A new study was issued this week by consultant and author Patricia Martin, who writes a great blog on the cultural consumer. I have worked with Pat for many years, and she always has interesting things to say, and good insight into the "zeitgeist" of the cultural consumer - the folks who form our audiences, visitors and arts participants. The "American Life and Culture Survey" reinforces what many arts groups are seeing - in the difficult economy consumer spending and attitudes towards cultural engagement have not changed all that much - people are still buying books, going to performing arts events, attending and renting movies, etc. One big finding: Millennials create; Boomers consume - 82% of younger respondents said their peers consider them creative, and one third of this group blog. The older Boomer group create less, but consume at a higher rate, participating in cultural experiences and acquiring art.In a sign of the economic times, even though attendance may not be down, consumers are much more actively seeking free cultural experiences. I wonder how this trend is going to intersect with the fact that tight budgets are forcing many arts groups to cut back on discounted and free admission and tickets - are we shooting ourselves in the proverbial foot?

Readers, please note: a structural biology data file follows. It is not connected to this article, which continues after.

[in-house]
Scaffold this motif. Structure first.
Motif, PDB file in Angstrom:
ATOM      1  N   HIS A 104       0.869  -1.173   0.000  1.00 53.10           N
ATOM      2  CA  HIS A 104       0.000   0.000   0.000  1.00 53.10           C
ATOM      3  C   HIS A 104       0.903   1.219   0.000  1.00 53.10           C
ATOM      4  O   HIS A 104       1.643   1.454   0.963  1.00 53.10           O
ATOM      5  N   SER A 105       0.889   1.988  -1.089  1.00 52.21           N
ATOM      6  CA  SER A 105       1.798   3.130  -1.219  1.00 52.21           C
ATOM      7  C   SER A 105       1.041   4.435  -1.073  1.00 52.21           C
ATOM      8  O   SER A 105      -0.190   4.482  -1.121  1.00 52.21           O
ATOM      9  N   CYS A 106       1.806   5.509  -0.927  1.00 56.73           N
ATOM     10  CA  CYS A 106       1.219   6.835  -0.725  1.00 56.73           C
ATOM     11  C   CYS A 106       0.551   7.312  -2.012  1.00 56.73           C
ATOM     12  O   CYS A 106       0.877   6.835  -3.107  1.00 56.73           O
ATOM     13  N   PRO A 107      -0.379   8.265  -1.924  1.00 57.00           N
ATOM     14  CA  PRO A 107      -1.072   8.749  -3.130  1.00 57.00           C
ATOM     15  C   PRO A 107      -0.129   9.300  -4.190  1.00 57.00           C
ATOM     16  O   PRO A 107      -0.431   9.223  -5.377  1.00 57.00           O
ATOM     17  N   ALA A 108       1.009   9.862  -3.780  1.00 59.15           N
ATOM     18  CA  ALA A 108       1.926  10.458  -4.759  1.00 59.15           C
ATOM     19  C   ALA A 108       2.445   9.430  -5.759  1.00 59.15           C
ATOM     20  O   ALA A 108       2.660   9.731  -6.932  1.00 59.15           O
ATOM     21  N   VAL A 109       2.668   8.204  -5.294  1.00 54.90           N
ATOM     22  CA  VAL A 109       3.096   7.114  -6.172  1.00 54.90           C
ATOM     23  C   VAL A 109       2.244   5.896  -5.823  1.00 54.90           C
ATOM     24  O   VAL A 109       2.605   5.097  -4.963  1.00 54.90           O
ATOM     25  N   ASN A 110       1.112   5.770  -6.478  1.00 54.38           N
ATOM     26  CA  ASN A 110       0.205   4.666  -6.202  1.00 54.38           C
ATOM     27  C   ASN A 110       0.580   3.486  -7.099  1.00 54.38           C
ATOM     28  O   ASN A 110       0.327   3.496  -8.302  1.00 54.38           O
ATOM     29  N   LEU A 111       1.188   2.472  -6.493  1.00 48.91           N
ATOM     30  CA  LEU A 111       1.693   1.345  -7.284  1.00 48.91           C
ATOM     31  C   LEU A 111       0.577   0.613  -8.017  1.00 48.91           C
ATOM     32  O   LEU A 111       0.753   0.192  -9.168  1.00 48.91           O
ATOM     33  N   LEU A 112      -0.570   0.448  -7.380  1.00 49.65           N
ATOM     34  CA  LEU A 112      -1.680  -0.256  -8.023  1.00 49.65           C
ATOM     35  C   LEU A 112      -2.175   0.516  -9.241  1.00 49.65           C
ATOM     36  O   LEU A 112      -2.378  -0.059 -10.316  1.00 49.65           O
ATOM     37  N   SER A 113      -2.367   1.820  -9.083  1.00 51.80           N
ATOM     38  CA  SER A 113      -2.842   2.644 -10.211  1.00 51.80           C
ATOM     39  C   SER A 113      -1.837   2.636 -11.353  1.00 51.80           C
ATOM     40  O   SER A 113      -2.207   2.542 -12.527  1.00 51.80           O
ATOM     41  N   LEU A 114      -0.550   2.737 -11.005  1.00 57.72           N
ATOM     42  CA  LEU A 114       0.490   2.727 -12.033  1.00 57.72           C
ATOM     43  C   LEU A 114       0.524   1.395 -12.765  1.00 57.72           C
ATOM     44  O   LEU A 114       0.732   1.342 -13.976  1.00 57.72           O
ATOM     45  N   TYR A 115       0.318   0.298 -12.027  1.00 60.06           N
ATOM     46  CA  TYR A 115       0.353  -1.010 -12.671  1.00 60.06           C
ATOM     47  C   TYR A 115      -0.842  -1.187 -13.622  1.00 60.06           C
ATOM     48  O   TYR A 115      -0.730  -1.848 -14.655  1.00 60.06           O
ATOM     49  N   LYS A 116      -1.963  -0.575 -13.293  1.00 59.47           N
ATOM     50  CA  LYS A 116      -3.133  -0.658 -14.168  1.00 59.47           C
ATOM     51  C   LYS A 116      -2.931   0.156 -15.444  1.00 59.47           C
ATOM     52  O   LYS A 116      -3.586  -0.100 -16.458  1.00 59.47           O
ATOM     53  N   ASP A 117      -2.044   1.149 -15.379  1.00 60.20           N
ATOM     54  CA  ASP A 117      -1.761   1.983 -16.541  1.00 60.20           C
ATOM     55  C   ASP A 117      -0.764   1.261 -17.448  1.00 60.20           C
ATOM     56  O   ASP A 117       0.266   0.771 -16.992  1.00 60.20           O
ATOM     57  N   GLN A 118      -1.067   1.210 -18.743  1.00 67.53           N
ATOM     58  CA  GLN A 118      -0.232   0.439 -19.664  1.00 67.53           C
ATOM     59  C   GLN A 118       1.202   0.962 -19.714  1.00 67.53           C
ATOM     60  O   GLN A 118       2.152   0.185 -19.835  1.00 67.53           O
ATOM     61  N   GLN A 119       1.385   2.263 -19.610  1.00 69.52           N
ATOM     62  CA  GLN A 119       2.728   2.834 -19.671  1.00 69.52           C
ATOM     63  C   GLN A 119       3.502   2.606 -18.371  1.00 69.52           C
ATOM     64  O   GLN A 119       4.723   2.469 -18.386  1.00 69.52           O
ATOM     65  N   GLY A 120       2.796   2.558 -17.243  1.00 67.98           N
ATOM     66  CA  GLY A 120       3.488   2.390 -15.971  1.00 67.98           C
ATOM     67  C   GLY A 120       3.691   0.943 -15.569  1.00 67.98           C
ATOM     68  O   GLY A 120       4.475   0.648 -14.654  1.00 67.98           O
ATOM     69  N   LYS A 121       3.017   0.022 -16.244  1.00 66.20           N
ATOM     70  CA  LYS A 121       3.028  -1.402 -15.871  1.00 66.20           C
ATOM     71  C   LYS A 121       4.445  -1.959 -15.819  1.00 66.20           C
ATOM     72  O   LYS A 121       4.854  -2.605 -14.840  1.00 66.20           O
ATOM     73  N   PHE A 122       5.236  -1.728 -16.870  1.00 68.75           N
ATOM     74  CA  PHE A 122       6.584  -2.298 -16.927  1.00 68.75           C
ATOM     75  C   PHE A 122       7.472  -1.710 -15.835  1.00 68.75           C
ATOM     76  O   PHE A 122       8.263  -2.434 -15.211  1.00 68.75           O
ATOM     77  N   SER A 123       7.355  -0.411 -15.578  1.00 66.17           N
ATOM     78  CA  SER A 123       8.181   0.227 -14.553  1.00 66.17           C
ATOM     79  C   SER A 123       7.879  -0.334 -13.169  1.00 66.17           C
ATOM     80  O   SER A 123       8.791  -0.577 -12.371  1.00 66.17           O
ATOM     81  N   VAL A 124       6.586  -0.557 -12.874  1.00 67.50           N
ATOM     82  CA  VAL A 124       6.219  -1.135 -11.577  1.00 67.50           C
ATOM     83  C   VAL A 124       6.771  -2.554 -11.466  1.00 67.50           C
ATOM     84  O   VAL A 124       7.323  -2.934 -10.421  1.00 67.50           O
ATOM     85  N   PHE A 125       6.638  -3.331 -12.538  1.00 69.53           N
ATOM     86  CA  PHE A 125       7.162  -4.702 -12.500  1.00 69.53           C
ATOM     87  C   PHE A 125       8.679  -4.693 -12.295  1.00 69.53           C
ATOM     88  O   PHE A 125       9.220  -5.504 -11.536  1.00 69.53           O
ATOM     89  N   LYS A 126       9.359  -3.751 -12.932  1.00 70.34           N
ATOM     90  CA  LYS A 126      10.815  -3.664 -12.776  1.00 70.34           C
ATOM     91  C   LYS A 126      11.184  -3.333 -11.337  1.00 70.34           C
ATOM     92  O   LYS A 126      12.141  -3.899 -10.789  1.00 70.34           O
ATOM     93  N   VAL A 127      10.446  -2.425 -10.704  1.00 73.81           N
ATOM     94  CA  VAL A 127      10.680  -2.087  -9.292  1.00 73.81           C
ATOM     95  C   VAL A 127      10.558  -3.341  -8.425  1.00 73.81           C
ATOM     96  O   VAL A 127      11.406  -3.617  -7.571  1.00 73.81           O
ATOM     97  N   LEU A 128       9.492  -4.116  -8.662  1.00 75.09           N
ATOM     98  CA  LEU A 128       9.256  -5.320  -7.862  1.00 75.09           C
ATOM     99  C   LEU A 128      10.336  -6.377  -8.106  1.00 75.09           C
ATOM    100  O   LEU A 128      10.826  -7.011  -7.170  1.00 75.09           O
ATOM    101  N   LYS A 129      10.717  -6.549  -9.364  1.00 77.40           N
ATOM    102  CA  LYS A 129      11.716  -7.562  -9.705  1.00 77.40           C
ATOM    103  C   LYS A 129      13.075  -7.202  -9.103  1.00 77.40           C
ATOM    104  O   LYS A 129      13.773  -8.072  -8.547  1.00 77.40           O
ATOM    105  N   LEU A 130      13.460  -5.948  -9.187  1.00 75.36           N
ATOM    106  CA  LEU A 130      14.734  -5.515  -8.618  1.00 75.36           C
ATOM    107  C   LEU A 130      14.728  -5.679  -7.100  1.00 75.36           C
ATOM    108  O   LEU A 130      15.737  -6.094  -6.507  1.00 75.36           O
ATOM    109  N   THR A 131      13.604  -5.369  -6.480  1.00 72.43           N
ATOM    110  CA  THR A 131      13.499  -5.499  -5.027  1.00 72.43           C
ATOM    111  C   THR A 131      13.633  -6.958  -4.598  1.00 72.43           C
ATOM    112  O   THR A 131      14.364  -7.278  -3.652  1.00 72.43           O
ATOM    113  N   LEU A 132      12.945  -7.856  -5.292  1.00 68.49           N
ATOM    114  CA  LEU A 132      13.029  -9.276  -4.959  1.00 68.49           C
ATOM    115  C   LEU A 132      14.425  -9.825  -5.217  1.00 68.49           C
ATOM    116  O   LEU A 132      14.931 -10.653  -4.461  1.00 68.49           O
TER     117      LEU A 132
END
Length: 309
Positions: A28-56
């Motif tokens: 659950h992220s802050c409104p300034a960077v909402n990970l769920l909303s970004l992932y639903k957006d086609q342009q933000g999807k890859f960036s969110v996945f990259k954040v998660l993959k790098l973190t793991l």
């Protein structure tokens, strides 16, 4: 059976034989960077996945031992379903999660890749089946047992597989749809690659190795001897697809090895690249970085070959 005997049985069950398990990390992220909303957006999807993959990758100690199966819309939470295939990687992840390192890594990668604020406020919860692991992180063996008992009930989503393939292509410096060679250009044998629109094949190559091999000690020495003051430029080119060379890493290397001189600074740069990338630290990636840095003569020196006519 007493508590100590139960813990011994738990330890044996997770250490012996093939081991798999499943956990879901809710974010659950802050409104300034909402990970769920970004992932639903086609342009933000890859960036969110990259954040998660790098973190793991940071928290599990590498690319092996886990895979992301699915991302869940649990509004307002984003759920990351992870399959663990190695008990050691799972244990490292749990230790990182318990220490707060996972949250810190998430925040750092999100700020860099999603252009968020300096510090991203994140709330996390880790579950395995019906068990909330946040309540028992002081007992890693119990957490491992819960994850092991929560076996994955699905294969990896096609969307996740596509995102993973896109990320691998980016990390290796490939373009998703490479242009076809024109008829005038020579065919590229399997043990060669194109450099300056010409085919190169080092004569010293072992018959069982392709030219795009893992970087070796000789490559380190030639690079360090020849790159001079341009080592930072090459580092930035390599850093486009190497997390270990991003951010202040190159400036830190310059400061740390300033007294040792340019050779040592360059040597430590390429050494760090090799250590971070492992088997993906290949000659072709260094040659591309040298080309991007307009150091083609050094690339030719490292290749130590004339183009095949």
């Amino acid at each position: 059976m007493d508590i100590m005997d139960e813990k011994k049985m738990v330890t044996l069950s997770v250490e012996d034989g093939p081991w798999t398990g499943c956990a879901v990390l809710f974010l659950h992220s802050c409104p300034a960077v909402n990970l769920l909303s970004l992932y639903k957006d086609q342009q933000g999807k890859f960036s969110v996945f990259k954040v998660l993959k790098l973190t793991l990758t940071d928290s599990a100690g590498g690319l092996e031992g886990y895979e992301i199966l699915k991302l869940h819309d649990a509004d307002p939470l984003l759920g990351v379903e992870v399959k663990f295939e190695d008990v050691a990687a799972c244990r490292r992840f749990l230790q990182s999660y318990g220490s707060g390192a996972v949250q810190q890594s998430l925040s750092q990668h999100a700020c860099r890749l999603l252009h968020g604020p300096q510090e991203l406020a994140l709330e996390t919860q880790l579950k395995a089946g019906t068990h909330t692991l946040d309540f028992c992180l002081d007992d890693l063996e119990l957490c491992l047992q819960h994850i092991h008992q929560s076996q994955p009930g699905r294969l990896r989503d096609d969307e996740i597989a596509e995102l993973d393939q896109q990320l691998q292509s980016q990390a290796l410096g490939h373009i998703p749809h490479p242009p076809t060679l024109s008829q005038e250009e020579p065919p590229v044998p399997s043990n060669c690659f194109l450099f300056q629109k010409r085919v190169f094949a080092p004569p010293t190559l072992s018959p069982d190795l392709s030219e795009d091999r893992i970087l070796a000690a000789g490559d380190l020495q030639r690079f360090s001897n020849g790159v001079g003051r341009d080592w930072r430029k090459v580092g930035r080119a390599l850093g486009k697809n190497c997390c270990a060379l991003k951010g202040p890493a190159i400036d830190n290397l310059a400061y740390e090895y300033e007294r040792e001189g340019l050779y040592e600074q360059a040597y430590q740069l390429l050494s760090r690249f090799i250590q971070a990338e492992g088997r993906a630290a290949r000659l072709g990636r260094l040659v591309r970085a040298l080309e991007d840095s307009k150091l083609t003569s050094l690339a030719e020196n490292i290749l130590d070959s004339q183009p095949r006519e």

Also of interest is that 90% of the cultural consumer group agreed that the arts help to keep the local economy strong and create growth. More than 90% stay informed about political news and vote locally and nationally. The success on the recent arts tax battle is proof of the power of this group when aroused and harnessed. Access the study here.